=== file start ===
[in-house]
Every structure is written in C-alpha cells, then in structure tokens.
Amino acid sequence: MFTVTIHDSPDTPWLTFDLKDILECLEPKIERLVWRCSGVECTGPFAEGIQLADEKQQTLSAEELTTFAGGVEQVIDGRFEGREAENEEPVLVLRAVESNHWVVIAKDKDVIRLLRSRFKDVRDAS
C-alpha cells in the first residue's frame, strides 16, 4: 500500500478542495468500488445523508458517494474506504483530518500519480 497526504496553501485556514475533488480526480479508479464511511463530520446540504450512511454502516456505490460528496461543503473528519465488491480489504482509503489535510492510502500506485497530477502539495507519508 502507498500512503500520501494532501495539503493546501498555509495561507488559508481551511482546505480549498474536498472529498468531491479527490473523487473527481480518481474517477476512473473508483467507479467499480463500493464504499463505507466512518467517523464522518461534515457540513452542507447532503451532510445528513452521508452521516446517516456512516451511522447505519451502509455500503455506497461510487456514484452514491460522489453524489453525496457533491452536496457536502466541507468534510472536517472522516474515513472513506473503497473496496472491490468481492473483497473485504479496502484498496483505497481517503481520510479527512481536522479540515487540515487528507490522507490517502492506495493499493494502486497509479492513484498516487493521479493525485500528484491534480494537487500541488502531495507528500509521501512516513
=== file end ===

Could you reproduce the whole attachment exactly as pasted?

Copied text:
[in-house]
Every structure is written in C-alpha cells, then in structure tokens.
Amino acid sequence: MFTVTIHDSPDTPWLTFDLKDILECLEPKIERLVWRCSGVECTGPFAEGIQLADEKQQTLSAEELTTFAGGVEQVIDGRFEGREAENEEPVLVLRAVESNHWVVIAKDKDVIRLLRSRFKDVRDAS
C-alpha cells in the first residue's frame, strides 16, 4: 500500500478542495468500488445523508458517494474506504483530518500519480 497526504496553501485556514475533488480526480479508479464511511463530520446540504450512511454502516456505490460528496461543503473528519465488491480489504482509503489535510492510502500506485497530477502539495507519508 502507498500512503500520501494532501495539503493546501498555509495561507488559508481551511482546505480549498474536498472529498468531491479527490473523487473527481480518481474517477476512473473508483467507479467499480463500493464504499463505507466512518467517523464522518461534515457540513452542507447532503451532510445528513452521508452521516446517516456512516451511522447505519451502509455500503455506497461510487456514484452514491460522489453524489453525496457533491452536496457536502466541507468534510472536517472522516474515513472513506473503497473496496472491490468481492473483497473485504479496502484498496483505497481517503481520510479527512481536522479540515487540515487528507490522507490517502492506495493499493494502486497509479492513484498516487493521479493525485500528484491534480494537487500541488502531495507528500509521501512516513